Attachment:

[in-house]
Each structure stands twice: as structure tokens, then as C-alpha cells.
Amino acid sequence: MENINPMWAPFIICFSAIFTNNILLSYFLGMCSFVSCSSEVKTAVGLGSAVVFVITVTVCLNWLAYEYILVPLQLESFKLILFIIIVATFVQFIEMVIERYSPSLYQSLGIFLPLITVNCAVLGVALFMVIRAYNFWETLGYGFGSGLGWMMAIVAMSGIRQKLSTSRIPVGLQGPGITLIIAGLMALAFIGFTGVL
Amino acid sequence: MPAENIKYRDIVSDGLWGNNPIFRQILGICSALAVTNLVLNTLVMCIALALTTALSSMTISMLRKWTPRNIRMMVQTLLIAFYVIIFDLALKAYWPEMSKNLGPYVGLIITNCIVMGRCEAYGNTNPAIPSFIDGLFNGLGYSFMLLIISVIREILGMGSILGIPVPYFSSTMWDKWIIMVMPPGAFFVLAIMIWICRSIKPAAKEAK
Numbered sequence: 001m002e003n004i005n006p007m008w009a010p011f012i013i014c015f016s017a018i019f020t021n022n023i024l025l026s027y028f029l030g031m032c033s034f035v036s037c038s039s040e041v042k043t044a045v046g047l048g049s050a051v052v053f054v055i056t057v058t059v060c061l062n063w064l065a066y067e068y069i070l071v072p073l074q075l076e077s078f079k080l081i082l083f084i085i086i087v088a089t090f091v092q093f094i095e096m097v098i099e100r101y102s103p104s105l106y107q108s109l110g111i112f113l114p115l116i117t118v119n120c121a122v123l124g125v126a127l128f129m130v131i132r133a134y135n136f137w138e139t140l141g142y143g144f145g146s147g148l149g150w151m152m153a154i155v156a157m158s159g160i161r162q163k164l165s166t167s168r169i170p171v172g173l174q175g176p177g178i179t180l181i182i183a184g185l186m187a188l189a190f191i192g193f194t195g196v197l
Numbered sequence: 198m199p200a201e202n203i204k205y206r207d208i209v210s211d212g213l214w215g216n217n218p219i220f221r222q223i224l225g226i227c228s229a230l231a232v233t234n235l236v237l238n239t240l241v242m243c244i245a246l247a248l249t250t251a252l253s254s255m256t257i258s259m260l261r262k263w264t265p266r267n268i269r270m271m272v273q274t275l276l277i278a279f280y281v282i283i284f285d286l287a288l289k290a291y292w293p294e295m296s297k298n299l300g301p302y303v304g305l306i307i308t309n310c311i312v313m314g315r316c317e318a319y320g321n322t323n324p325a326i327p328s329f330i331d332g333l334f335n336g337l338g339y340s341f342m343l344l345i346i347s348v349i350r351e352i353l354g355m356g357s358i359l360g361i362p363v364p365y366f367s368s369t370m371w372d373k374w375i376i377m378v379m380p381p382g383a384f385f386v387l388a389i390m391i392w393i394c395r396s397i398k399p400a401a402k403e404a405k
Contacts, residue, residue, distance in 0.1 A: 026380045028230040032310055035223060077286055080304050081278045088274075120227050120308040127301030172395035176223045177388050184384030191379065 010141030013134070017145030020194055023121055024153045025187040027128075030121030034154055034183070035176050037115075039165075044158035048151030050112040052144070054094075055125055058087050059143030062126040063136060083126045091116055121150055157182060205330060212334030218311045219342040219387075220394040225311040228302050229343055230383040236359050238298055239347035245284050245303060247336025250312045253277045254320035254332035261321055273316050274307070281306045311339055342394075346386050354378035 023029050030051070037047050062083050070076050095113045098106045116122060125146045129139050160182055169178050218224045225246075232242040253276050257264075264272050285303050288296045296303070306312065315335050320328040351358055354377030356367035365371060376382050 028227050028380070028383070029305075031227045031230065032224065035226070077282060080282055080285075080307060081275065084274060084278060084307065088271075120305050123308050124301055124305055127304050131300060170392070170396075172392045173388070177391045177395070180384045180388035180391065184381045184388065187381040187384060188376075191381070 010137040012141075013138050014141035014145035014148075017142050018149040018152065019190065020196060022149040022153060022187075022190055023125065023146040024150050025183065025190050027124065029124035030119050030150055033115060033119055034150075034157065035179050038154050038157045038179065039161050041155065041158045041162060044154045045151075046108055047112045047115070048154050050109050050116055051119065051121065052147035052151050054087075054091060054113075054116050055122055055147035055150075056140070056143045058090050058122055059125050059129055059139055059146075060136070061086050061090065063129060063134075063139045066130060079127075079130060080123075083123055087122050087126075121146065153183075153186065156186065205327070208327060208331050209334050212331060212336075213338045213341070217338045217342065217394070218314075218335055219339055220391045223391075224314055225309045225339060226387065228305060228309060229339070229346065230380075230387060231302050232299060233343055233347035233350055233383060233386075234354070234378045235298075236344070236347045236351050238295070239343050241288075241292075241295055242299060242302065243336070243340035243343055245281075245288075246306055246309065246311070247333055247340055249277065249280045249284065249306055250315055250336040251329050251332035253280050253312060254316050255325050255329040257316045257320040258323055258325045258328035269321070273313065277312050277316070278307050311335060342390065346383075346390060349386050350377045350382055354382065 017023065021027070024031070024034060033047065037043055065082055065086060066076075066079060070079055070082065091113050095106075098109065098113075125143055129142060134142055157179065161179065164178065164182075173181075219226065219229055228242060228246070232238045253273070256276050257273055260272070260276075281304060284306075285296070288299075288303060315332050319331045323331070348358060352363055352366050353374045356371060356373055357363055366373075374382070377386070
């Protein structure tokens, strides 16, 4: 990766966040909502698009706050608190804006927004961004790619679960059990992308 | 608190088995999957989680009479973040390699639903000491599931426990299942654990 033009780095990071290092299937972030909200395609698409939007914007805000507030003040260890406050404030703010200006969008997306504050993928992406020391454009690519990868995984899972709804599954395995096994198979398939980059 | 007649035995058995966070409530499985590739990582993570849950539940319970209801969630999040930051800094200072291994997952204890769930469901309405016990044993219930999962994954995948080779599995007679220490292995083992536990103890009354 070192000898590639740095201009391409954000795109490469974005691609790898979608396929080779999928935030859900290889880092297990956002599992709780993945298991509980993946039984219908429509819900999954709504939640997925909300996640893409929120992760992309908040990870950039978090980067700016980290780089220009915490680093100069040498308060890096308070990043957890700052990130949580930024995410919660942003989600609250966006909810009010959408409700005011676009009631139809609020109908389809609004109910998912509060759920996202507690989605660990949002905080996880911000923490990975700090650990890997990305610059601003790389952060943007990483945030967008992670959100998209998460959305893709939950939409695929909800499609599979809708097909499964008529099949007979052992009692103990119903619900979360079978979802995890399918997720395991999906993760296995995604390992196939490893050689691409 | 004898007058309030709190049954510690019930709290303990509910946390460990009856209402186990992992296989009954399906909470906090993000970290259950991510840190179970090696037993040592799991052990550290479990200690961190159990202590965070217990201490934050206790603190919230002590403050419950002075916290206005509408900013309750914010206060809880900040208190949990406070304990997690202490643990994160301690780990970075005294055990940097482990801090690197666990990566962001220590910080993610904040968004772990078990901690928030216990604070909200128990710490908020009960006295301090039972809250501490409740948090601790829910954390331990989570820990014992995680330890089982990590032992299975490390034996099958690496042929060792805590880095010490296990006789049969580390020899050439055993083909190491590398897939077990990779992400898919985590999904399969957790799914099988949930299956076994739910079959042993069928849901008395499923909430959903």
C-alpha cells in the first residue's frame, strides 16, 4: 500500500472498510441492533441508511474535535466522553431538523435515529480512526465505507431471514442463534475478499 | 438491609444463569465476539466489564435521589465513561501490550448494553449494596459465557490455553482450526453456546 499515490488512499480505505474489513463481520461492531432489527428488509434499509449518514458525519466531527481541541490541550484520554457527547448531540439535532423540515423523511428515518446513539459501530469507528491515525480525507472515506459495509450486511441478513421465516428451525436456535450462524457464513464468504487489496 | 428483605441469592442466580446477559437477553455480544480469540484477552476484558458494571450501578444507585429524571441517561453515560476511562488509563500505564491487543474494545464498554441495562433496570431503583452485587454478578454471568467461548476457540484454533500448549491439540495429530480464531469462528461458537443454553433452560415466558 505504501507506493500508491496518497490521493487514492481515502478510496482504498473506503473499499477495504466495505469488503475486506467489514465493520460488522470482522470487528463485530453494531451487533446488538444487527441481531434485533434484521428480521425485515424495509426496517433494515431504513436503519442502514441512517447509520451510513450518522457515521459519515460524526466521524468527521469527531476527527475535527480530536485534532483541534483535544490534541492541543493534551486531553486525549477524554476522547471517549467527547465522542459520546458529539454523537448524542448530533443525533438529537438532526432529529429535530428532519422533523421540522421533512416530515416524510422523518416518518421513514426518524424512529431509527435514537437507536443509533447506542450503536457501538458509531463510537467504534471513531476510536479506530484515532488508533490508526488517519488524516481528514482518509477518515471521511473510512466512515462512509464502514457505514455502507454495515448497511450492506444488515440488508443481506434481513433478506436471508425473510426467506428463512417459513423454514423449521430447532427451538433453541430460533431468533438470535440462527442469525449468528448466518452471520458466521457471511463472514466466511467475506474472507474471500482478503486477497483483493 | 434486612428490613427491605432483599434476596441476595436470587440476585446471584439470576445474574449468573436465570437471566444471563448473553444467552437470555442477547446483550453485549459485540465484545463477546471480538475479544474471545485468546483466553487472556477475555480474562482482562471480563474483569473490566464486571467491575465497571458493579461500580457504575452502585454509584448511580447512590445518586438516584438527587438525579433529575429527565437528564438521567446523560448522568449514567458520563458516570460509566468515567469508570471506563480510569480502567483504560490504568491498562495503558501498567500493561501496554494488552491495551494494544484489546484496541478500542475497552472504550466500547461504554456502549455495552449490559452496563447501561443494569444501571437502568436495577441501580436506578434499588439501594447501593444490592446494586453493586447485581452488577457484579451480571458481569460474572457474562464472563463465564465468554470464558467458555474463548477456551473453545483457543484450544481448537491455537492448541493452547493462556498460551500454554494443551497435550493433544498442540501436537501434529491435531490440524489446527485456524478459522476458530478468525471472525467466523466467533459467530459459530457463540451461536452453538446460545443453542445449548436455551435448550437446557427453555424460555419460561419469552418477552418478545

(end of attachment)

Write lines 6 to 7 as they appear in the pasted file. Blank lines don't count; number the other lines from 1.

Numbered sequence: 198m199p200a201e202n203i204k205y206r207d208i209v210s211d212g213l214w215g216n217n218p219i220f221r222q223i224l225g226i227c228s229a230l231a232v233t234n235l236v237l238n239t240l241v242m243c244i245a246l247a248l249t250t251a252l253s254s255m256t257i258s259m260l261r262k263w264t265p266r267n268i269r270m271m272v273q274t275l276l277i278a279f280y281v282i283i284f285d286l287a288l289k290a291y292w293p294e295m296s297k298n299l300g301p302y303v304g305l306i307i308t309n310c311i312v313m314g315r316c317e318a319y320g321n322t323n324p325a326i327p328s329f330i331d332g333l334f335n336g337l338g339y340s341f342m343l344l345i346i347s348v349i350r351e352i353l354g355m356g357s358i359l360g361i362p363v364p365y366f367s368s369t370m371w372d373k374w375i376i377m378v379m380p381p382g383a384f385f386v387l388a389i390m391i392w393i394c395r396s397i398k399p400a401a402k403e404a405k
Contacts, residue, residue, distance in 0.1 A: 026380045028230040032310055035223060077286055080304050081278045088274075120227050120308040127301030172395035176223045177388050184384030191379065 010141030013134070017145030020194055023121055024153045025187040027128075030121030034154055034183070035176050037115075039165075044158035048151030050112040052144070054094075055125055058087050059143030062126040063136060083126045091116055121150055157182060205330060212334030218311045219342040219387075220394040225311040228302050229343055230383040236359050238298055239347035245284050245303060247336025250312045253277045254320035254332035261321055273316050274307070281306045311339055342394075346386050354378035 023029050030051070037047050062083050070076050095113045098106045116122060125146045129139050160182055169178050218224045225246075232242040253276050257264075264272050285303050288296045296303070306312065315335050320328040351358055354377030356367035365371060376382050 028227050028380070028383070029305075031227045031230065032224065035226070077282060080282055080285075080307060081275065084274060084278060084307065088271075120305050123308050124301055124305055127304050131300060170392070170396075172392045173388070177391045177395070180384045180388035180391065184381045184388065187381040187384060188376075191381070 010137040012141075013138050014141035014145035014148075017142050018149040018152065019190065020196060022149040022153060022187075022190055023125065023146040024150050025183065025190050027124065029124035030119050030150055033115060033119055034150075034157065035179050038154050038157045038179065039161050041155065041158045041162060044154045045151075046108055047112045047115070048154050050109050050116055051119065051121065052147035052151050054087075054091060054113075054116050055122055055147035055150075056140070056143045058090050058122055059125050059129055059139055059146075060136070061086050061090065063129060063134075063139045066130060079127075079130060080123075083123055087122050087126075121146065153183075153186065156186065205327070208327060208331050209334050212331060212336075213338045213341070217338045217342065217394070218314075218335055219339055220391045223391075224314055225309045225339060226387065228305060228309060229339070229346065230380075230387060231302050232299060233343055233347035233350055233383060233386075234354070234378045235298075236344070236347045236351050238295070239343050241288075241292075241295055242299060242302065243336070243340035243343055245281075245288075246306055246309065246311070247333055247340055249277065249280045249284065249306055250315055250336040251329050251332035253280050253312060254316050255325050255329040257316045257320040258323055258325045258328035269321070273313065277312050277316070278307050311335060342390065346383075346390060349386050350377045350382055354382065 017023065021027070024031070024034060033047065037043055065082055065086060066076075066079060070079055070082065091113050095106075098109065098113075125143055129142060134142055157179065161179065164178065164182075173181075219226065219229055228242060228246070232238045253273070256276050257273055260272070260276075281304060284306075285296070288299075288303060315332050319331045323331070348358060352363055352366050353374045356371060356373055357363055366373075374382070377386070